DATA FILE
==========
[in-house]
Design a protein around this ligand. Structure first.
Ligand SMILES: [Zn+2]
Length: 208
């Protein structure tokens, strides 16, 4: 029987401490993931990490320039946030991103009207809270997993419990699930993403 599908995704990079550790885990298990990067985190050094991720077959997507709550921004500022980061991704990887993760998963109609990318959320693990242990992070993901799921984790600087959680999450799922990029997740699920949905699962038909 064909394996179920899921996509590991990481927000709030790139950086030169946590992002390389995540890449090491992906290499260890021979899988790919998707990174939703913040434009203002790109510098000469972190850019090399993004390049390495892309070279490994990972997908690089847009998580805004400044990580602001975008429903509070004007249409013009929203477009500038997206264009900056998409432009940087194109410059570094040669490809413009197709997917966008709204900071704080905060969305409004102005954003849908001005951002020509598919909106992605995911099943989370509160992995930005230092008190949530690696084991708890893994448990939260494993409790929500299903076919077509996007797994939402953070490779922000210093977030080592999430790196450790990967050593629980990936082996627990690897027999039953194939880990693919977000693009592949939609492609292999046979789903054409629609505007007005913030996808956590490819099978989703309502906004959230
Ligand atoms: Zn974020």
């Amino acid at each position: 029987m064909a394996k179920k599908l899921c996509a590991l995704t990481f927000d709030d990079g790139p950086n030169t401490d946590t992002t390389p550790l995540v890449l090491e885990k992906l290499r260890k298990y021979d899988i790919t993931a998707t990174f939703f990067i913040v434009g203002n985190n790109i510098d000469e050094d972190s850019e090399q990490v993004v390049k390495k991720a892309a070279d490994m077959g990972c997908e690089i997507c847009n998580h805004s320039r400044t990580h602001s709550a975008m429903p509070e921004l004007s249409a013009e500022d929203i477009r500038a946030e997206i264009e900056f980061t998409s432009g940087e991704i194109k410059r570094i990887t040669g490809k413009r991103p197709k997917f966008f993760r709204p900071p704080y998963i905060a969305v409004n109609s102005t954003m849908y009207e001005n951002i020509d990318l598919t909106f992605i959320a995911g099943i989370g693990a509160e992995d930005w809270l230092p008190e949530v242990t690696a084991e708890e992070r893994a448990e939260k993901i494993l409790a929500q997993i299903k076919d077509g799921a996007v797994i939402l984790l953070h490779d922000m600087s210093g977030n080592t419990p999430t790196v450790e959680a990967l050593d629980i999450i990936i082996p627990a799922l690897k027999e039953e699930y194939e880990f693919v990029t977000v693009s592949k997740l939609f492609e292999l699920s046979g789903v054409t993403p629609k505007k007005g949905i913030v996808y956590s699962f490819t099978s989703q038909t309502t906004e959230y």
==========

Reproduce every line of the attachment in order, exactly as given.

[in-house]
Design a protein around this ligand. Structure first.
Ligand SMILES: [Zn+2]
Length: 208
């Protein structure tokens, strides 16, 4: 029987401490993931990490320039946030991103009207809270997993419990699930993403 599908995704990079550790885990298990990067985190050094991720077959997507709550921004500022980061991704990887993760998963109609990318959320693990242990992070993901799921984790600087959680999450799922990029997740699920949905699962038909 064909394996179920899921996509590991990481927000709030790139950086030169946590992002390389995540890449090491992906290499260890021979899988790919998707990174939703913040434009203002790109510098000469972190850019090399993004390049390495892309070279490994990972997908690089847009998580805004400044990580602001975008429903509070004007249409013009929203477009500038997206264009900056998409432009940087194109410059570094040669490809413009197709997917966008709204900071704080905060969305409004102005954003849908001005951002020509598919909106992605995911099943989370509160992995930005230092008190949530690696084991708890893994448990939260494993409790929500299903076919077509996007797994939402953070490779922000210093977030080592999430790196450790990967050593629980990936082996627990690897027999039953194939880990693919977000693009592949939609492609292999046979789903054409629609505007007005913030996808956590490819099978989703309502906004959230
Ligand atoms: Zn974020």
């Amino acid at each position: 029987m064909a394996k179920k599908l899921c996509a590991l995704t990481f927000d709030d990079g790139p950086n030169t401490d946590t992002t390389p550790l995540v890449l090491e885990k992906l290499r260890k298990y021979d899988i790919t993931a998707t990174f939703f990067i913040v434009g203002n985190n790109i510098d000469e050094d972190s850019e090399q990490v993004v390049k390495k991720a892309a070279d490994m077959g990972c997908e690089i997507c847009n998580h805004s320039r400044t990580h602001s709550a975008m429903p509070e921004l004007s249409a013009e500022d929203i477009r500038a946030e997206i264009e900056f980061t998409s432009g940087e991704i194109k410059r570094i990887t040669g490809k413009r991103p197709k997917f966008f993760r709204p900071p704080y998963i905060a969305v409004n109609s102005t954003m849908y009207e001005n951002i020509d990318l598919t909106f992605i959320a995911g099943i989370g693990a509160e992995d930005w809270l230092p008190e949530v242990t690696a084991e708890e992070r893994a448990e939260k993901i494993l409790a929500q997993i299903k076919d077509g799921a996007v797994i939402l984790l953070h490779d922000m600087s210093g977030n080592t419990p999430t790196v450790e959680a990967l050593d629980i999450i990936i082996p627990a799922l690897k027999e039953e699930y194939e880990f693919v990029t977000v693009s592949k997740l939609f492609e292999l699920s046979g789903v054409t993403p629609k505007k007005g949905i913030v996808y956590s699962f490819t099978s989703q038909t309502t906004e959230y």